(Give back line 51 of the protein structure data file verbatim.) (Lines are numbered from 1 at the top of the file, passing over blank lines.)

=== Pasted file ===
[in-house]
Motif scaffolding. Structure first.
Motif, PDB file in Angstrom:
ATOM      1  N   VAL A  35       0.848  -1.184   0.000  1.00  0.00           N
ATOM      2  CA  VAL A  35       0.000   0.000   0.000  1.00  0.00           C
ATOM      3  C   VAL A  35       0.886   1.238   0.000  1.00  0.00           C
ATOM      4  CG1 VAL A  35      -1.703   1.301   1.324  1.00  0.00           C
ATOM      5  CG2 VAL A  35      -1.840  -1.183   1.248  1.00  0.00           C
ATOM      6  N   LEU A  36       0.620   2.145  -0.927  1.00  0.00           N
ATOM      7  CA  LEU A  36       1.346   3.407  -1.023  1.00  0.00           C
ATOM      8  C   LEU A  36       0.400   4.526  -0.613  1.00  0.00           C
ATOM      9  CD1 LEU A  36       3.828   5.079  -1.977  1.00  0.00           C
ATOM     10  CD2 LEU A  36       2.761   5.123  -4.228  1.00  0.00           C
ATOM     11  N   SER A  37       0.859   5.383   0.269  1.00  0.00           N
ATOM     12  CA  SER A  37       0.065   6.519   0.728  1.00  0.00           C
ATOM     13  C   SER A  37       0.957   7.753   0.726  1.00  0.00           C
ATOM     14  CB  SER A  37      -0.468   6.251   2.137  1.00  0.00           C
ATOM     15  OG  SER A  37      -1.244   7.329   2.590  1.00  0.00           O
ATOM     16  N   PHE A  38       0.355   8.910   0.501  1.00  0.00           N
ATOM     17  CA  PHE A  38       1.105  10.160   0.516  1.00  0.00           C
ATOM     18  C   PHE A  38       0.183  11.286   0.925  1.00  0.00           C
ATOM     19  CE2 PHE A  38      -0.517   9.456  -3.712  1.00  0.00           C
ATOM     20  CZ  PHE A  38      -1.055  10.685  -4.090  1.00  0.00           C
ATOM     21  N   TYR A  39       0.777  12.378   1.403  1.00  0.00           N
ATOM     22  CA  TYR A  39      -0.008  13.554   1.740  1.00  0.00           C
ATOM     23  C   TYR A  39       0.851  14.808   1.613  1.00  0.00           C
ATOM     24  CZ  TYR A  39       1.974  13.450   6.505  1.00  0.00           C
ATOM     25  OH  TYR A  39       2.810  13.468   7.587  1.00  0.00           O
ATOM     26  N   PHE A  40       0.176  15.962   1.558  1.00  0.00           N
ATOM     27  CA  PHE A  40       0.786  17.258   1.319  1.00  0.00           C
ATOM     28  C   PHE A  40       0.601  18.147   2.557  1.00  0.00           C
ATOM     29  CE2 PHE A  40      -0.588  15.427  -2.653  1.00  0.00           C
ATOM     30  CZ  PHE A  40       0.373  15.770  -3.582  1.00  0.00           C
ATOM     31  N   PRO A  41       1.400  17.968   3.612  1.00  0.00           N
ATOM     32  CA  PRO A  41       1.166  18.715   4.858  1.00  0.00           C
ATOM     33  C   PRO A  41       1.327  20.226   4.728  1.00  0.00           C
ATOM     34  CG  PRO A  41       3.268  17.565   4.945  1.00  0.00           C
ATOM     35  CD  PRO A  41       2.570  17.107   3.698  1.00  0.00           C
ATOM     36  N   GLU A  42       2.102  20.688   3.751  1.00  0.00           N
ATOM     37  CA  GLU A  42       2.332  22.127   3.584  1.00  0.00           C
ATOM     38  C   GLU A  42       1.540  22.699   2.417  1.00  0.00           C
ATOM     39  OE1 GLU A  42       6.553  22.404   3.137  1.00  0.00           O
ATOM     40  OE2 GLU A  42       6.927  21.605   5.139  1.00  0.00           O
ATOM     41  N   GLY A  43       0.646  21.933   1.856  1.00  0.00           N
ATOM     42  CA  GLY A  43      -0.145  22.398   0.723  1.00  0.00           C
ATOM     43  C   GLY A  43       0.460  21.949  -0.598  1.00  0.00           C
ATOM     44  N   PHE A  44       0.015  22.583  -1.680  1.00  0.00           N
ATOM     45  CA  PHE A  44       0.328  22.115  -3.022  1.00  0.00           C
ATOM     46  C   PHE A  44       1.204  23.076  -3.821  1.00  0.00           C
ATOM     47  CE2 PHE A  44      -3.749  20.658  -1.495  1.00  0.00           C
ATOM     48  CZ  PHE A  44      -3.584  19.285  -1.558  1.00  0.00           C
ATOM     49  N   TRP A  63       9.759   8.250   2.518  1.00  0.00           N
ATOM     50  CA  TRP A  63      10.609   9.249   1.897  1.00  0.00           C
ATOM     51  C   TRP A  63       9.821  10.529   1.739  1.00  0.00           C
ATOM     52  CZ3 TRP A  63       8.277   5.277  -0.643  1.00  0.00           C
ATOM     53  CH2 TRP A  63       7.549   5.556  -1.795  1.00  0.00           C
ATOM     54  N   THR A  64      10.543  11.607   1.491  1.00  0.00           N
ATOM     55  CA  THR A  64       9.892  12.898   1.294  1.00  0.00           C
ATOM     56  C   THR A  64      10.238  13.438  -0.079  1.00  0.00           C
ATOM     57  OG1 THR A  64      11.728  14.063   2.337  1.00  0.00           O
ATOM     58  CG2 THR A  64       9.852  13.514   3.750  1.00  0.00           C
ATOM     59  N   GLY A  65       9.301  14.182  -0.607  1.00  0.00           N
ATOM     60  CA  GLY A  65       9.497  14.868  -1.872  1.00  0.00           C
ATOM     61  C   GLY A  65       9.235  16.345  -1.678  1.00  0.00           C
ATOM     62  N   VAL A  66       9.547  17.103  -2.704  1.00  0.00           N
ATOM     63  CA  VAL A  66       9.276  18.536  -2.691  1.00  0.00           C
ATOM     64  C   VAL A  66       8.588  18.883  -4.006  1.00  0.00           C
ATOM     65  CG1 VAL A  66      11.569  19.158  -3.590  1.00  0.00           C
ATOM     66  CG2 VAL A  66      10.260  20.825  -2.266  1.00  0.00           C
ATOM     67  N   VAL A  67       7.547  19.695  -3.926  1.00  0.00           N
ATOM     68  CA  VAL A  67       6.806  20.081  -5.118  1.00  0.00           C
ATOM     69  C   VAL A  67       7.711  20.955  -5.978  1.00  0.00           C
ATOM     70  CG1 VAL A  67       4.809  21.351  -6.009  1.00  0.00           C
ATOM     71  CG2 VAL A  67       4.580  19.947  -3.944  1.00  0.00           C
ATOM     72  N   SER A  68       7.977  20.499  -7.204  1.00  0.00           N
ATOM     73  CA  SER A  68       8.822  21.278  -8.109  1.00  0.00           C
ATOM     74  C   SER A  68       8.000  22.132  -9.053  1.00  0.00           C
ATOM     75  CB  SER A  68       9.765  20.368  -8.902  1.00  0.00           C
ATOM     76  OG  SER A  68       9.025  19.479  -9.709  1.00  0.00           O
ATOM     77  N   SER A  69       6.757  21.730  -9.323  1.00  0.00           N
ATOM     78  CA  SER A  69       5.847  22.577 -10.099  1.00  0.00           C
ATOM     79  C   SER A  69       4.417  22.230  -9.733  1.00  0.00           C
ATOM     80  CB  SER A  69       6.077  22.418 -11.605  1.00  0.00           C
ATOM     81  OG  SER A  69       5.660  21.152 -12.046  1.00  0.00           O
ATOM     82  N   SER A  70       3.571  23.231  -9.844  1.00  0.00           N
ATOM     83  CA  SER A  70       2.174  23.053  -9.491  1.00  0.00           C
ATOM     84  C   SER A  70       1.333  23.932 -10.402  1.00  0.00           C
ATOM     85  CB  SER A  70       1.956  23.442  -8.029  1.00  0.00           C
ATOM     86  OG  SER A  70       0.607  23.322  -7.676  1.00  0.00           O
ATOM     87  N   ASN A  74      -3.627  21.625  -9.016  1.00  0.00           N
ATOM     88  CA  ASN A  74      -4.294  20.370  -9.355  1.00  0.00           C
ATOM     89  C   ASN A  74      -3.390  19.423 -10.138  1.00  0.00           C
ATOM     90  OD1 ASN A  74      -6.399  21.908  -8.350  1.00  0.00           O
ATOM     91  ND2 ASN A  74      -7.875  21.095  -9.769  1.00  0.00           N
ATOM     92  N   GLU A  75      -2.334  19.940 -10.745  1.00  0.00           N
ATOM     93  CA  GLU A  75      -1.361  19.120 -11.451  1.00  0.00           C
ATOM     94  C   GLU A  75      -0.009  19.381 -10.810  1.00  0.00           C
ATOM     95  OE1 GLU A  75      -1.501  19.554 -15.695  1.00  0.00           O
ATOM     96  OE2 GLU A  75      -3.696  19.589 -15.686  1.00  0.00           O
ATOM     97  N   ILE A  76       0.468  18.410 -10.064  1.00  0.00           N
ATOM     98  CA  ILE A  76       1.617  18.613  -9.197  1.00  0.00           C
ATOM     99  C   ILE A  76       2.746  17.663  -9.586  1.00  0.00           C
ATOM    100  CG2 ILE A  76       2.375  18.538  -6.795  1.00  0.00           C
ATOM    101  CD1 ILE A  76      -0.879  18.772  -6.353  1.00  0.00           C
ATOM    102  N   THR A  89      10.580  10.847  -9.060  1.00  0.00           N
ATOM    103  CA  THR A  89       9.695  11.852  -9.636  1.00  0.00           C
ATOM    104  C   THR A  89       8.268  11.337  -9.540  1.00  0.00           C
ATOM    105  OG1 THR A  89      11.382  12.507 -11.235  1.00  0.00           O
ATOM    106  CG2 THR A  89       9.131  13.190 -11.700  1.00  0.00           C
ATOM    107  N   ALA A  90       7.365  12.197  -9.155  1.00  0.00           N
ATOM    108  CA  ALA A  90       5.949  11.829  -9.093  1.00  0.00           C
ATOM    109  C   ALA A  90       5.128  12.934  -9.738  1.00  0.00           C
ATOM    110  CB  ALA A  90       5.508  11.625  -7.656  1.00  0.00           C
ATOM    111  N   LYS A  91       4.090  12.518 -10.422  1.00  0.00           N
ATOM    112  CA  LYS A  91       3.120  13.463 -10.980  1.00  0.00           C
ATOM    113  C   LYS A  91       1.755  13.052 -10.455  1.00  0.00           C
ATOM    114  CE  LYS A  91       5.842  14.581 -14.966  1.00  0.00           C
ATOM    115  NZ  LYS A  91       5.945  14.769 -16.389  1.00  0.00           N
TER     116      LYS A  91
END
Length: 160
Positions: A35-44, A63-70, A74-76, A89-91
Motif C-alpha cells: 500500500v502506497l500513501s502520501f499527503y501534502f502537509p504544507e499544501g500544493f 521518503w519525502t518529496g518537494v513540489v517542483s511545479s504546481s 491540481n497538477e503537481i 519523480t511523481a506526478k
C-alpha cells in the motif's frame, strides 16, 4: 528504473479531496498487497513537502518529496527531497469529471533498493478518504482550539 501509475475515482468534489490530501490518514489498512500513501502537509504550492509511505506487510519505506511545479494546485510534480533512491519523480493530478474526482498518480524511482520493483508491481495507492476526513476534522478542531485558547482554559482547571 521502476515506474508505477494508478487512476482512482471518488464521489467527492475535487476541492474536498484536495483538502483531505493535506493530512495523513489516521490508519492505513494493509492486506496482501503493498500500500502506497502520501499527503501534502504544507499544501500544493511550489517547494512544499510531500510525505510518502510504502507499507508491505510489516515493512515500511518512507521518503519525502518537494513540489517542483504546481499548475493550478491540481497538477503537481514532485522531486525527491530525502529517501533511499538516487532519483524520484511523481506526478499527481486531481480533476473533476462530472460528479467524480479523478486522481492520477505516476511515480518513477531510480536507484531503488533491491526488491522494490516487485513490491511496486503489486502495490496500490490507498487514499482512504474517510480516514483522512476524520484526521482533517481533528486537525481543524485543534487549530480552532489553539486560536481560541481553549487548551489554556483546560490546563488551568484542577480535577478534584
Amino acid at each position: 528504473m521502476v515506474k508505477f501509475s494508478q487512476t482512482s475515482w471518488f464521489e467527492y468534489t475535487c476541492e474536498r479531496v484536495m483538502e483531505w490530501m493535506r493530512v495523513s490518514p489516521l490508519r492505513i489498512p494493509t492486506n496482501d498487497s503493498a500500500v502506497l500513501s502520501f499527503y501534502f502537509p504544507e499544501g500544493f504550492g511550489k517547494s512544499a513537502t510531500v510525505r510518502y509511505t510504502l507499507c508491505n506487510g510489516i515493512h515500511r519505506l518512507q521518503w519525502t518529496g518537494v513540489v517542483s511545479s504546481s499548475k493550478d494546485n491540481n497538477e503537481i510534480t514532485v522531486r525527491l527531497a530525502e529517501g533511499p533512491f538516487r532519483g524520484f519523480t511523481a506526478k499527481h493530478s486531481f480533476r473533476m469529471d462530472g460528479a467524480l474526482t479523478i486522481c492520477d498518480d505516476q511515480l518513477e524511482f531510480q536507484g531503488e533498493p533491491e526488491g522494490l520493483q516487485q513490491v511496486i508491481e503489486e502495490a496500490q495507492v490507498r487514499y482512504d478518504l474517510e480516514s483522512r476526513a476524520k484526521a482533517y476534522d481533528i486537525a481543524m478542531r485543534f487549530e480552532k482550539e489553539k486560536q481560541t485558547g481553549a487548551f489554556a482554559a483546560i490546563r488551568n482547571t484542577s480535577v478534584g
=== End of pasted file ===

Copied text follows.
ATOM     48  CZ  PHE A  44      -3.584  19.285  -1.558  1.00  0.00           C